Murray State University

Poster Title

The Case for the Graphic Novel in Kentucky's Classrooms

Institution

Murray State University

Abstract

Graphic novels (or in layman's terms "extended comic books") are a genre of literature surrounded by controversy in the world of the high school classroom. Since graphic novels and comic books are closely linked, the advent of the graphic novel in 1978 raised serious questions about the comic book's role in literature—are graphic novels simply glorified comic books or do they go beyond the superhero stereotypes associated with the comics of American youth? As graphic novels gain more acceptance as a serious literary form in the public eye, educators throughout the United States are introducing them into school curricula for students of all ages. While curriculum specialists debate their legitimacy as beneficial teaching tools and students snub the genre as mere "kiddy stuff," teachers decide to use graphic novels and/or comic books for at least one of four reasons: (1) to spark the interest of reluctant readers, (2) to supplement previously instructed content, (3) to analyze artistic/visual elements, and/or (4) to explain complicated ideas. This research explores the trends in teachers who are using the graphic novel in Kentucky's secondary English classrooms (e.g. years of experience or grade taught). Furthermore, this research analyzes the graphic novel's place in education as a valid tool for accomplishing learning objectives.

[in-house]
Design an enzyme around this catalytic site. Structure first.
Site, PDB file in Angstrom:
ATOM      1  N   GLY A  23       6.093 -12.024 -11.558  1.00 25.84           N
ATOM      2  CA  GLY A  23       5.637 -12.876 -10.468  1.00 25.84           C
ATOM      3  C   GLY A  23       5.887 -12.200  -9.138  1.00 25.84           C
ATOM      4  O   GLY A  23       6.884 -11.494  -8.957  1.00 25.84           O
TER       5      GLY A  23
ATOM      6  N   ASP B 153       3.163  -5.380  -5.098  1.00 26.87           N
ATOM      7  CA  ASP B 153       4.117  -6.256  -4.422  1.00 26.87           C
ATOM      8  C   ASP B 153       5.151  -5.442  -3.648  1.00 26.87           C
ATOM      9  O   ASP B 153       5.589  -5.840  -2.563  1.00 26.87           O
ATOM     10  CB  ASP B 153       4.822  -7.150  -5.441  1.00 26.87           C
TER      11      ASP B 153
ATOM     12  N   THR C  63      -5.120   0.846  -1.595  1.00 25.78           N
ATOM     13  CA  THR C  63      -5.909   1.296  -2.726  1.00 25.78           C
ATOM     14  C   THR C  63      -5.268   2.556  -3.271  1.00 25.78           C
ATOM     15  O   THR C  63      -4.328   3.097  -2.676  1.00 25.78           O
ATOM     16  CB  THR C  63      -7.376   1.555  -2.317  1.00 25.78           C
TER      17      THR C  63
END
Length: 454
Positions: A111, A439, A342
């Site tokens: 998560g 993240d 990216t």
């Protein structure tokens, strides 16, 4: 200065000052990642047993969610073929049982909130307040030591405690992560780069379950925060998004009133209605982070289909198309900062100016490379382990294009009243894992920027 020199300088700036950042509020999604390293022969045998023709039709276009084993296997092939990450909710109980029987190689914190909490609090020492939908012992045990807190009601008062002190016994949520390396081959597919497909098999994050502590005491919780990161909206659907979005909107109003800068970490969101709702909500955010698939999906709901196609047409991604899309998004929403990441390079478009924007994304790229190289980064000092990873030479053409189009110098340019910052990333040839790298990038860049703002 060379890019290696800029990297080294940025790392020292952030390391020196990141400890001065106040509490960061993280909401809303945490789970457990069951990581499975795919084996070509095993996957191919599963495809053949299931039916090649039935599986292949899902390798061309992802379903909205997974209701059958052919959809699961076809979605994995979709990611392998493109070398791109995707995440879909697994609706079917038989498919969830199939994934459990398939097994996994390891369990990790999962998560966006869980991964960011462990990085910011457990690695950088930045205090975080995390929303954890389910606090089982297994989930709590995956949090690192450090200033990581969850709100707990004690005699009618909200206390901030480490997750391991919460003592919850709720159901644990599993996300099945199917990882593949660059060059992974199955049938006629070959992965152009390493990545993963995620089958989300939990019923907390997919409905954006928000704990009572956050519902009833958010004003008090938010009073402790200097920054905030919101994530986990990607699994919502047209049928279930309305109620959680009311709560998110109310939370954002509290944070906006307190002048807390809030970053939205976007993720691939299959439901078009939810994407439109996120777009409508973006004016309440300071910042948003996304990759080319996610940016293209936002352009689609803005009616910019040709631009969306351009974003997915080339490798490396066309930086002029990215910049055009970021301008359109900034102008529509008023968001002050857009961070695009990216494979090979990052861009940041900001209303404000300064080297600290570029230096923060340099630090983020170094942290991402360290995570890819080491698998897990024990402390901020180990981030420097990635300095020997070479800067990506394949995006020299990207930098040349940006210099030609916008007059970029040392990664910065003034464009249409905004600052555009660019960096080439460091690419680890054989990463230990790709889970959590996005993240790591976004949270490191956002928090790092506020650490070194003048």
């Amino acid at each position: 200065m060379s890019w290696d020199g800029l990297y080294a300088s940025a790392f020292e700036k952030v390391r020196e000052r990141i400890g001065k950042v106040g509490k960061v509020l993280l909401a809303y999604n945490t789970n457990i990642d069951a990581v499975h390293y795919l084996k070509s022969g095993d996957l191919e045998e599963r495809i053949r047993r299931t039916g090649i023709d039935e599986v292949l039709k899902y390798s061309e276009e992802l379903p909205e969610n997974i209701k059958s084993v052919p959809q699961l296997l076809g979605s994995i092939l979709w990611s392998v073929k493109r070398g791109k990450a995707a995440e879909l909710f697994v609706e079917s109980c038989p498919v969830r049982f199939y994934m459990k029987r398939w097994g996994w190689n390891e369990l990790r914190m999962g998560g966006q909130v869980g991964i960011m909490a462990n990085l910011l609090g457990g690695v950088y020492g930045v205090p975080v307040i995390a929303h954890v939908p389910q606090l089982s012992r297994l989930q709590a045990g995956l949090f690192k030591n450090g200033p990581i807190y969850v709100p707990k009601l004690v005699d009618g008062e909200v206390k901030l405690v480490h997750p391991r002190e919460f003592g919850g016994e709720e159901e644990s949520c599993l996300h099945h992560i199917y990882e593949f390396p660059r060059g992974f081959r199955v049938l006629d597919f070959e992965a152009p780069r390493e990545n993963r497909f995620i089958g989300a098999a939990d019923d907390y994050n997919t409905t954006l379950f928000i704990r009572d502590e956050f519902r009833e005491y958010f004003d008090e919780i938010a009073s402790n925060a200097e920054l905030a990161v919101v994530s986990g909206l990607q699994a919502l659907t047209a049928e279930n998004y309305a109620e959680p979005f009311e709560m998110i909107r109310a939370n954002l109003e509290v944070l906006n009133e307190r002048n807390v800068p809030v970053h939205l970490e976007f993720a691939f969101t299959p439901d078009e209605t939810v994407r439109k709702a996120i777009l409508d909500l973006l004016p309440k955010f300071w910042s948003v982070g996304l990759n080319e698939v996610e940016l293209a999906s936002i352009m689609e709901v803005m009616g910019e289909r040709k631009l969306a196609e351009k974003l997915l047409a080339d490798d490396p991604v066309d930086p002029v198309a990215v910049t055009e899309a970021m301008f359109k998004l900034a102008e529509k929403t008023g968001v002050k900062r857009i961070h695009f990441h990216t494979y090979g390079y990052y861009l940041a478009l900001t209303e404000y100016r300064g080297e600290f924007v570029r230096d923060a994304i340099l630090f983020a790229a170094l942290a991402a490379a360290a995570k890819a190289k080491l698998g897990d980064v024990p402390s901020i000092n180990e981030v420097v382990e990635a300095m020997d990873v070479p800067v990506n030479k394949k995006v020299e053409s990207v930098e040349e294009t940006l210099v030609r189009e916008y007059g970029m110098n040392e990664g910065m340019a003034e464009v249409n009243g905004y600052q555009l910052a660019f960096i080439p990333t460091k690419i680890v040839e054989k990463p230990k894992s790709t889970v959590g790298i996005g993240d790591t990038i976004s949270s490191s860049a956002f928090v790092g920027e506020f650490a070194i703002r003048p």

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The Case for the Graphic Novel in Kentucky's Classrooms

Graphic novels (or in layman's terms "extended comic books") are a genre of literature surrounded by controversy in the world of the high school classroom. Since graphic novels and comic books are closely linked, the advent of the graphic novel in 1978 raised serious questions about the comic book's role in literature—are graphic novels simply glorified comic books or do they go beyond the superhero stereotypes associated with the comics of American youth? As graphic novels gain more acceptance as a serious literary form in the public eye, educators throughout the United States are introducing them into school curricula for students of all ages. While curriculum specialists debate their legitimacy as beneficial teaching tools and students snub the genre as mere "kiddy stuff," teachers decide to use graphic novels and/or comic books for at least one of four reasons: (1) to spark the interest of reluctant readers, (2) to supplement previously instructed content, (3) to analyze artistic/visual elements, and/or (4) to explain complicated ideas. This research explores the trends in teachers who are using the graphic novel in Kentucky's secondary English classrooms (e.g. years of experience or grade taught). Furthermore, this research analyzes the graphic novel's place in education as a valid tool for accomplishing learning objectives.